"Walkable cities" reduce blood pressure: Study

Feb 06, 2018, 7:08 AM EST
(Source: Yuya Tamai/flickr)
(Source: Yuya Tamai/flickr)

While shelling out billions of dollars in preventing and curing cardiovascular diseases, what we are ignoring is the “intangible value of urban planning and design.”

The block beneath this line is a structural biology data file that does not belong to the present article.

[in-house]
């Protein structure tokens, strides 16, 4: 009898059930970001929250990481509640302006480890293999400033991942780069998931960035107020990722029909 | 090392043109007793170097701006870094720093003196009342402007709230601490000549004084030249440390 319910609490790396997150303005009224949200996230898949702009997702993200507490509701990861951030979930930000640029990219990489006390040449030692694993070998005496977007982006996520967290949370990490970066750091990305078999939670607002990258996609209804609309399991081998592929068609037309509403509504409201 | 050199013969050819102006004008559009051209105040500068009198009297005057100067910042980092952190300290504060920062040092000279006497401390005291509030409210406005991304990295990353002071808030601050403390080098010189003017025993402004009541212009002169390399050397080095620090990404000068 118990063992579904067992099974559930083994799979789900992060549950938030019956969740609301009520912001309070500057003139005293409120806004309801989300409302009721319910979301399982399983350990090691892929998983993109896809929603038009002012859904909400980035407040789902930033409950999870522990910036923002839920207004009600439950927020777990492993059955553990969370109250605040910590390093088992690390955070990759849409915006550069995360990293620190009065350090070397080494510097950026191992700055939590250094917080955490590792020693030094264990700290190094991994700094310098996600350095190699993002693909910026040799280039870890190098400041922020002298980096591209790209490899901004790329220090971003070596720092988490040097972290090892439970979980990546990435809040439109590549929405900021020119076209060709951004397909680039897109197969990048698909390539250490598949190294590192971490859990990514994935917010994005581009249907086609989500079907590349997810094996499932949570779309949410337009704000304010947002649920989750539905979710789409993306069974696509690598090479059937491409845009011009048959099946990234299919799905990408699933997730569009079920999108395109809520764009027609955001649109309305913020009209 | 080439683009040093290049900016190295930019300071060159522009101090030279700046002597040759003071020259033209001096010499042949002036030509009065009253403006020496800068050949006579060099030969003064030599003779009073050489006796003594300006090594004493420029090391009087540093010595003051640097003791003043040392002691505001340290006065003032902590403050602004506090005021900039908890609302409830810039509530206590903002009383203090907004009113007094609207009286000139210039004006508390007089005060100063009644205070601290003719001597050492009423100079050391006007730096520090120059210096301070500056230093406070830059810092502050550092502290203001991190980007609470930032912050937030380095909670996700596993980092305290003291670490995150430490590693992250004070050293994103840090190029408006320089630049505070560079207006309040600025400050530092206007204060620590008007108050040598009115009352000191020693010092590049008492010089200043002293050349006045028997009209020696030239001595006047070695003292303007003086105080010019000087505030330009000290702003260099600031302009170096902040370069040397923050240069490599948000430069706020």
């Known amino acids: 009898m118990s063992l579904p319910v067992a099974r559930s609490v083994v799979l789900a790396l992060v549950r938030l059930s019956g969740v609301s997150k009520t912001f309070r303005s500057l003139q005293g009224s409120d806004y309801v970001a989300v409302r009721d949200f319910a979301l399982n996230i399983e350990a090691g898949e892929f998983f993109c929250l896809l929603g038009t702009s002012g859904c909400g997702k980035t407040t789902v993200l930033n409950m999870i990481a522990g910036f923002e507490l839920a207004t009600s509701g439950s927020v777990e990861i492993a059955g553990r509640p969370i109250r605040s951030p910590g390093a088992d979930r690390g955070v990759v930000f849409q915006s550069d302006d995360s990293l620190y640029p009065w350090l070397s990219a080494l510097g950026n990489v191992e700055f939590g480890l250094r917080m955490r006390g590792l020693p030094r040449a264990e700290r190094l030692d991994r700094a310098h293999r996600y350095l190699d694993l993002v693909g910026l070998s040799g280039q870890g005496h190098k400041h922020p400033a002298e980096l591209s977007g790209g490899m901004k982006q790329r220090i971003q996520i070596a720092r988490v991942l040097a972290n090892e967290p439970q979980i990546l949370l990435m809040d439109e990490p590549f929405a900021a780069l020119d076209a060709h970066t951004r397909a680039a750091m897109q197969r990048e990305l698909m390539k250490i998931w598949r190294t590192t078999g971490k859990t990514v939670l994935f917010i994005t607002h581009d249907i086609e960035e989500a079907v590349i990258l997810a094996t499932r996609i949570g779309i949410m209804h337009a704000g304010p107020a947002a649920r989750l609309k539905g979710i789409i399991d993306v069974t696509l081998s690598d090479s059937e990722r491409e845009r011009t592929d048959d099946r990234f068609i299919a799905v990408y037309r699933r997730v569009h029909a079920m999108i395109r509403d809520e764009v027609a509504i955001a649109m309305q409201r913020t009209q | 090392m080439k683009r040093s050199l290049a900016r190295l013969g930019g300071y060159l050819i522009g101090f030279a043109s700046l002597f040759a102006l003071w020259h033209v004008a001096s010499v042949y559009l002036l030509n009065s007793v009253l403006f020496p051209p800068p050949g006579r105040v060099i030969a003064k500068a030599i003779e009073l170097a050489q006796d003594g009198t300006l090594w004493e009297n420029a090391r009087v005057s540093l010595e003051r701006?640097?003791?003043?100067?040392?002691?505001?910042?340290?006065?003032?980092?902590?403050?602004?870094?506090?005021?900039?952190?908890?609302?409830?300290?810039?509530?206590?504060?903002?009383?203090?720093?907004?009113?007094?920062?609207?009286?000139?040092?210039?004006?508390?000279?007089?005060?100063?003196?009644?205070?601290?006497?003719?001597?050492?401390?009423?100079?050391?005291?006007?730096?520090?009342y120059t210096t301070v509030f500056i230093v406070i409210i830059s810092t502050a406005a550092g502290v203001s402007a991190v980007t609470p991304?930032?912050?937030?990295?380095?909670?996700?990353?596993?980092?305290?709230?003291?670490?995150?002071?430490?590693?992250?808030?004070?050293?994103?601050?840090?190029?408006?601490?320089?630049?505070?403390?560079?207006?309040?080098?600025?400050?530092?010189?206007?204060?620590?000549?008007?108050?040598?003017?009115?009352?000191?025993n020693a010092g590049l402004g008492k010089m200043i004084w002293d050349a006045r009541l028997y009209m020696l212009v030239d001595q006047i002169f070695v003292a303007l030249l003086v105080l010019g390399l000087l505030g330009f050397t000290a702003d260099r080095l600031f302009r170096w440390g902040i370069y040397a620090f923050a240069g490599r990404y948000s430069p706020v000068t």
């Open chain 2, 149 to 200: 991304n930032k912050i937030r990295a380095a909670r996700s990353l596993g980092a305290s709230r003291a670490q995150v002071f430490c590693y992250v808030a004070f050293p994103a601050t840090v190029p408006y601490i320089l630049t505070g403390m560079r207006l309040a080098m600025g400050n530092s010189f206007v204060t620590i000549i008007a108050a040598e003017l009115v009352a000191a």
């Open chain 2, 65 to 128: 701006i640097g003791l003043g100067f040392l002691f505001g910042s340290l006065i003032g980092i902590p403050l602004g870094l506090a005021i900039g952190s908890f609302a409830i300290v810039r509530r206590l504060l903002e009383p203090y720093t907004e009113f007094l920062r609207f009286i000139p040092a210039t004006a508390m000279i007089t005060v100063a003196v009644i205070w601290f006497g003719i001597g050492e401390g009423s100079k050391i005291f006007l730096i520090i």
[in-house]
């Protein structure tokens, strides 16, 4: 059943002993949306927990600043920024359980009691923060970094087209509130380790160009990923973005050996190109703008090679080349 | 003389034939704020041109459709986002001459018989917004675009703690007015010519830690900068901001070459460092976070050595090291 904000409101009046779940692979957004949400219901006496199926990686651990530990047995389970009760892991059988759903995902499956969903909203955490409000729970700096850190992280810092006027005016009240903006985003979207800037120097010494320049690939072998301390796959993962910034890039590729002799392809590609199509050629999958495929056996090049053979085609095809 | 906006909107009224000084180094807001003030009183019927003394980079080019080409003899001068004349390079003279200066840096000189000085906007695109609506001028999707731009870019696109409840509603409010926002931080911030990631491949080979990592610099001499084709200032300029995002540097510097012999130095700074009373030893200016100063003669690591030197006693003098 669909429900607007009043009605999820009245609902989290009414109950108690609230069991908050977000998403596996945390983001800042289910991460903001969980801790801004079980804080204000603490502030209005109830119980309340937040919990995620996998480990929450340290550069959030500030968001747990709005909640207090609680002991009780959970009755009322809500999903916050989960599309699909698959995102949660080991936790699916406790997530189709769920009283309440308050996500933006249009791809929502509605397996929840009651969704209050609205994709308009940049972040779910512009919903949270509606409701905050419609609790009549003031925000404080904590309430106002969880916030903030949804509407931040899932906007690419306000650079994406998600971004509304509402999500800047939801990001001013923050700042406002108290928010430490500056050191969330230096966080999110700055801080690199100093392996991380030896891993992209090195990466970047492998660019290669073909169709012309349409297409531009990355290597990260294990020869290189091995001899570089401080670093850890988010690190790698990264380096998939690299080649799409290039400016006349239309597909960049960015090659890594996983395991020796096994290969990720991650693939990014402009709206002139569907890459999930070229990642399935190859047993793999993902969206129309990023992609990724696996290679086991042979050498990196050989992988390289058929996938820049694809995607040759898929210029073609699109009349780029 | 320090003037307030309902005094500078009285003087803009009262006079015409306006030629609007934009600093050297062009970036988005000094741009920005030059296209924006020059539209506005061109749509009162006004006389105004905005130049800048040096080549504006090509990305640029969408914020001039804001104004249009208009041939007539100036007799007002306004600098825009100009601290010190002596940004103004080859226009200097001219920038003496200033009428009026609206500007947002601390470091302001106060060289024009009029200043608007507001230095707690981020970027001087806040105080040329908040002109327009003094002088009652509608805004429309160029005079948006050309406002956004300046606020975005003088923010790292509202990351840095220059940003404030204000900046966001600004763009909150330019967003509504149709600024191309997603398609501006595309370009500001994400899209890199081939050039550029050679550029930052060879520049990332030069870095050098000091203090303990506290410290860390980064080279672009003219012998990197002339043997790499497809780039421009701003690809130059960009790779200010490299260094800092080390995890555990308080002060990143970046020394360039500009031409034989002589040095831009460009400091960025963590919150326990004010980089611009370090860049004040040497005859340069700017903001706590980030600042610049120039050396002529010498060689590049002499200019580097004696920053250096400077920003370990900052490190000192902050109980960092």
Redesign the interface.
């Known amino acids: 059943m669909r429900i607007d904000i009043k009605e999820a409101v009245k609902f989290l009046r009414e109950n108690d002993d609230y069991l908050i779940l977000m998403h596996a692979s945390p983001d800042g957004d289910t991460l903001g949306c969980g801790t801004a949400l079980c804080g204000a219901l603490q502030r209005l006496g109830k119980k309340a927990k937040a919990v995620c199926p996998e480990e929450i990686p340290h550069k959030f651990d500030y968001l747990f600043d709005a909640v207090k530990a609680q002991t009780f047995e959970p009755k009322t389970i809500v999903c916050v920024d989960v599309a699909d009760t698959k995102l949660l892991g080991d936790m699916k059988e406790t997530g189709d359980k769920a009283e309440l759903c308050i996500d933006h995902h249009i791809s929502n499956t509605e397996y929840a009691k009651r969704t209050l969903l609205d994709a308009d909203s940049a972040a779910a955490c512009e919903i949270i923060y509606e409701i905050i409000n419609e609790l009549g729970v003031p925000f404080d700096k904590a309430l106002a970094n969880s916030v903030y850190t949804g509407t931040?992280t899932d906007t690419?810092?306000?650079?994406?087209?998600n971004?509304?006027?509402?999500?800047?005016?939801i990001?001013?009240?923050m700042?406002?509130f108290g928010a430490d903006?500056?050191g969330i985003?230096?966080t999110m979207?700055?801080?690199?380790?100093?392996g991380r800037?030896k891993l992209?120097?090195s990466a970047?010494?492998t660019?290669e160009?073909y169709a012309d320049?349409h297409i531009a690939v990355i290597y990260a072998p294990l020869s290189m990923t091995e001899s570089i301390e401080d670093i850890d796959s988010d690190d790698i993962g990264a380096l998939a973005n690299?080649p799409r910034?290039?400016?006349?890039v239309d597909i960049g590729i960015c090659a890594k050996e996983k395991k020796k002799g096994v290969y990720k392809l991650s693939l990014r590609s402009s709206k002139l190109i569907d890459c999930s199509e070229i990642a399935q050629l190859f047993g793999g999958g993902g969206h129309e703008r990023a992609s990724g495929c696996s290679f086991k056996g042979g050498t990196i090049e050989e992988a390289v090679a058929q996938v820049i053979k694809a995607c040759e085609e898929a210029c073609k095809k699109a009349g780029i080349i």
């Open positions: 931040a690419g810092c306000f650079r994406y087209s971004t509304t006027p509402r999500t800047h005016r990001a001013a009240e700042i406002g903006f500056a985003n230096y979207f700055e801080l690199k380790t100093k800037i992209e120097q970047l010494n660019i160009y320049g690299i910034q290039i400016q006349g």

A recent study that tracked nearly half a million people aged 38 to 73 living across 22 cities in the U.K. found that walkable cities reduce blood pressure and hypertension risk, writes The Guardian.

The study, published in the International Journal of Hygiene and Environmental Health, calls on urban planners to design and retrofit cities that promote and accommodate active lifestyles, with making more room for pedestrians and cyclists, notes Tree Hugger.